When news of this album came out, it had been close to a year and a half since the last Ryan Adams album, and very little was known about what he was up to. After breaking his arm and releasing two very different albums in 2003 (the alternative rock - Rock n Roll and the moody Smiths inspired Love is Hell), it was anybody's guess what he would do next. Then out of nowhere came the big announcement of three new albums in 2005. Not to mention, a new website was launched that featured weird and awesome artwork that made me think of Disney's Song of the South, and an impressive new single with "Let it Ride". I was never more excited about a new Ryan Adams single than when I first heard "Let it Ride".

During the week before the album hit stores, I was lucky enough to see Ryan Adams and the Cardinals perform many of these songs live. On both nights, over half of the set was made up new songs which were to be released over the next seven months. Hearing "Magnolia Mountain", "Easy Plateau", and "Cold Roses" for the first time blew my mind how great they sounded!

Definitely Essential! Alongside Heartbreaker, this is probably one of the better places to start, and in my opinion one of the best records of the decade.

Key Tracks: "Magnolia Mountain", "Sweet Illusions", "When Will You Come Back Home", "Cherry Lane", "Mockingbirdsing", "How Do You Keep Love Alive", "Easy Plateau", "Let it Ride","Cold Roses", "If I Am a Stranger", "Dance All Night", "Life is Beautiful", and the bonus tracks - "Tonight" and "Learn to Love".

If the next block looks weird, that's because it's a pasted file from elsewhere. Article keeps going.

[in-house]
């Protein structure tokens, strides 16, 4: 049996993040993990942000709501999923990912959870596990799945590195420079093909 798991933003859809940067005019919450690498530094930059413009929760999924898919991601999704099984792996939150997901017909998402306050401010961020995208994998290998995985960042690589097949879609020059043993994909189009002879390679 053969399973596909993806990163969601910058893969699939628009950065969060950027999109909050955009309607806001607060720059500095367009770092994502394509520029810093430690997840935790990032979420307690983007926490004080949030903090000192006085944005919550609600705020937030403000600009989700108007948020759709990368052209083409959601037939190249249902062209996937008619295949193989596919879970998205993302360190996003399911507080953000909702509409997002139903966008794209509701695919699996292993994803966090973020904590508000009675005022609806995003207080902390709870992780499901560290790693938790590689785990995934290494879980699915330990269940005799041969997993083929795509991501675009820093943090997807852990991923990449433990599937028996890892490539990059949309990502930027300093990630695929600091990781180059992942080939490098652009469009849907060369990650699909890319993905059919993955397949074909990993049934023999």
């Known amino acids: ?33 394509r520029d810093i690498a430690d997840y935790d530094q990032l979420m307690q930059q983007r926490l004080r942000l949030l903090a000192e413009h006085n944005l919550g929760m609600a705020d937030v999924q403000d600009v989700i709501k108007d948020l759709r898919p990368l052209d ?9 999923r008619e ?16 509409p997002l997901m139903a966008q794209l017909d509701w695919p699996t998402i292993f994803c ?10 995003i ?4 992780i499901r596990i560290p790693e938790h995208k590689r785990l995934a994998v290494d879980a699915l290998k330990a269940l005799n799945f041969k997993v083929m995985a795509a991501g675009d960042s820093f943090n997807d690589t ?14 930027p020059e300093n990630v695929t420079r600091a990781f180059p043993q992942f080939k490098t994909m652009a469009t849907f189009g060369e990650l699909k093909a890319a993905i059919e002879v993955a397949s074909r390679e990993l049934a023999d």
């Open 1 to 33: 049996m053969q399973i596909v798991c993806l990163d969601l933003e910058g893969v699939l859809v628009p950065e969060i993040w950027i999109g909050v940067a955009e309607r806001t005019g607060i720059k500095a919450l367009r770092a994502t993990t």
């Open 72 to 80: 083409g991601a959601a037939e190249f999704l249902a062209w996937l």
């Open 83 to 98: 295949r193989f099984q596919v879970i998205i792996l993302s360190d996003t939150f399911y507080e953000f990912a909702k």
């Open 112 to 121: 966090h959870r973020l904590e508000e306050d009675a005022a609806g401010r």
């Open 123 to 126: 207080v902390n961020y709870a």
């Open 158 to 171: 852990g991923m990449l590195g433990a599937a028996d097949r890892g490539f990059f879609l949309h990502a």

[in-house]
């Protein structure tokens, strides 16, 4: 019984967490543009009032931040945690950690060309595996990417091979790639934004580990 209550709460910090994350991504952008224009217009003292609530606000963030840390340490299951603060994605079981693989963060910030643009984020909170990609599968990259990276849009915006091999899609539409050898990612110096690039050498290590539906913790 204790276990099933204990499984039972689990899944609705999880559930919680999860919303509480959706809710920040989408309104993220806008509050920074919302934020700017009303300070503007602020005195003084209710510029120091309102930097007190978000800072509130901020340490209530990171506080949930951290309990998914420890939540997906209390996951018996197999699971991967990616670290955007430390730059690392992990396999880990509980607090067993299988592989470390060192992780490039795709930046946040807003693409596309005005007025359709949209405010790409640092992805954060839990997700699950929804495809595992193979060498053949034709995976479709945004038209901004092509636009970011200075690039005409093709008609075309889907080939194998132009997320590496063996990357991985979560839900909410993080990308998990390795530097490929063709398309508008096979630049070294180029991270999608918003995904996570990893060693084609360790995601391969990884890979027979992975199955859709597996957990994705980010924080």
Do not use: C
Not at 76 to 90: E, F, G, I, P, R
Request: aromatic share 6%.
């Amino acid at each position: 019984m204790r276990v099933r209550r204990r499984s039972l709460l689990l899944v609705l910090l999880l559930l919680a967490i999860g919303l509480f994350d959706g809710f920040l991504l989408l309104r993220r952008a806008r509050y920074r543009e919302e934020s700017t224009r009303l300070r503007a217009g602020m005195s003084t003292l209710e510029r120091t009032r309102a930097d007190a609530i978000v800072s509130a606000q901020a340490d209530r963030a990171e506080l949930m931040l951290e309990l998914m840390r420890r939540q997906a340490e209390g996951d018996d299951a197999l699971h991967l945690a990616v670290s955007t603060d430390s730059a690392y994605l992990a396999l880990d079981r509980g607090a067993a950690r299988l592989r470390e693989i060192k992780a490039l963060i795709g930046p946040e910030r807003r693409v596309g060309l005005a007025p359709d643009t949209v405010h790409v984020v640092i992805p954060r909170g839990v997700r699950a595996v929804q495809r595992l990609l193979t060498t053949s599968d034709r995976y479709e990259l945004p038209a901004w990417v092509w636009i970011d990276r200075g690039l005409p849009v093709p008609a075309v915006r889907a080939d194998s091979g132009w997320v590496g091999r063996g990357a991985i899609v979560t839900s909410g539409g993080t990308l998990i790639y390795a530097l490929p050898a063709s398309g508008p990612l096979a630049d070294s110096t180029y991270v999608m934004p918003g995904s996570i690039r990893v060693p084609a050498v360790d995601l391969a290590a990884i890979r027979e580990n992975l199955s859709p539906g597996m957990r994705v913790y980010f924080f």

Other Versions/ Bonus Cuts worth Checking Out

In 2004, a single featuring early acoustic demo versions of "Now that You're Gone" and "If I Am a Stranger" were released.

In 2005, import versions of Cold Roses feature bonus tracks "Tonight" and/or "So Hot So Cold, from the Cold Roses sessions.

In 2005, the vinyl release of Cold Roses also featured the bonus track - "Tonight", from the Cold Roses sessions.

In 2005, the single for "Let it Ride" featured the bonus tracks - "So Hot So Cold"and "Operator Operator" from the Cold Roses sessions.

In 2005, the single for "Easy Plateau" was released and featured bonus tracks - "Tonight" and "Learn to Love" from the Cold Roses sessions

In 2012, various solo versions of songs from the album were released on the live compilation - Live After Deaf


Covers

"Dance All Night" has been covered by Augustana and the Maine.

"Magnolia Mountain", "Let it Ride", "Cold Roses", "Easy Plateau", "If I Am a Stranger", "Rosebud", and "Sweet Illusions" have all been covered by Phil Lesh and Friends.

"Cold Roses" has been covered by Keller Williams.

"Magnolia Mountain" has been covered by Furthur (featuring Bob Weir and Phil Lesh)


Random Notes

According to Nielson soundscan in June of 2007, Cold Roses had sold 159,000 copies.

Cold Roses was nominated for Studio Album of the Year, and Magnolia Mountain was nominated for Song of the Year at the Jammy Awards.

Most of the Cold Roses sessions were caught on video by Danny Clinch. A long-in-the works documentary is supposed to come out at some point documenting the period from when Ryan broke his wrist in early 2004 and into 2006.


Other Random Info:

"Friends" was originally titled "For Beth" and was recorded for the unreleased album - The Sweden Sessions.

"Dance All Night" is an older song which Ryan Adams first started playing with the Pinkhearts in 2001.


"Let it Ride" on David Letterman Show